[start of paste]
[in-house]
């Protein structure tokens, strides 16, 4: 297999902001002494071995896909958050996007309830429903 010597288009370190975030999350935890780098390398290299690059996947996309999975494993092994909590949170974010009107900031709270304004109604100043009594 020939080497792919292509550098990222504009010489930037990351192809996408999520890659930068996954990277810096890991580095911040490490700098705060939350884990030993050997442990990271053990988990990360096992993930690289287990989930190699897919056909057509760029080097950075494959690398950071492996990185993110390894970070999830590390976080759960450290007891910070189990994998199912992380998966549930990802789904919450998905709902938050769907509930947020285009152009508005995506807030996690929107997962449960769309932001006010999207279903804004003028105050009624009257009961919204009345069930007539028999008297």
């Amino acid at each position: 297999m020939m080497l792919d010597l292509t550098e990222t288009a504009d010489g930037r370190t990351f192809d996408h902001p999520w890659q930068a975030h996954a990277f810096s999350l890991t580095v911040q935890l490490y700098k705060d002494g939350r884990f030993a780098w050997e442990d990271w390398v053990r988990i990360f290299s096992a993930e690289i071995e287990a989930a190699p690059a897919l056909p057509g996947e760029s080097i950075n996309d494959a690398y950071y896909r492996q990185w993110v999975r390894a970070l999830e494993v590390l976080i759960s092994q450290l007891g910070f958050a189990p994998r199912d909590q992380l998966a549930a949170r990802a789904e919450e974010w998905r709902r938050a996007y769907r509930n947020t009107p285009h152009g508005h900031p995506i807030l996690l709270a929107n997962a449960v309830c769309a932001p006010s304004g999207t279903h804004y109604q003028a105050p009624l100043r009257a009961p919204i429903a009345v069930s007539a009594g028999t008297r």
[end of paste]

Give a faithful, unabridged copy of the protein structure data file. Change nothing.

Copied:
[in-house]
């Protein structure tokens, strides 16, 4: 297999902001002494071995896909958050996007309830429903 010597288009370190975030999350935890780098390398290299690059996947996309999975494993092994909590949170974010009107900031709270304004109604100043009594 020939080497792919292509550098990222504009010489930037990351192809996408999520890659930068996954990277810096890991580095911040490490700098705060939350884990030993050997442990990271053990988990990360096992993930690289287990989930190699897919056909057509760029080097950075494959690398950071492996990185993110390894970070999830590390976080759960450290007891910070189990994998199912992380998966549930990802789904919450998905709902938050769907509930947020285009152009508005995506807030996690929107997962449960769309932001006010999207279903804004003028105050009624009257009961919204009345069930007539028999008297």
């Amino acid at each position: 297999m020939m080497l792919d010597l292509t550098e990222t288009a504009d010489g930037r370190t990351f192809d996408h902001p999520w890659q930068a975030h996954a990277f810096s999350l890991t580095v911040q935890l490490y700098k705060d002494g939350r884990f030993a780098w050997e442990d990271w390398v053990r988990i990360f290299s096992a993930e690289i071995e287990a989930a190699p690059a897919l056909p057509g996947e760029s080097i950075n996309d494959a690398y950071y896909r492996q990185w993110v999975r390894a970070l999830e494993v590390l976080i759960s092994q450290l007891g910070f958050a189990p994998r199912d909590q992380l998966a549930a949170r990802a789904e919450e974010w998905r709902r938050a996007y769907r509930n947020t009107p285009h152009g508005h900031p995506i807030l996690l709270a929107n997962a449960v309830c769309a932001p006010s304004g999207t279903h804004y109604q003028a105050p009624l100043r009257a009961p919204i429903a009345v069930s007539a009594g028999t008297r």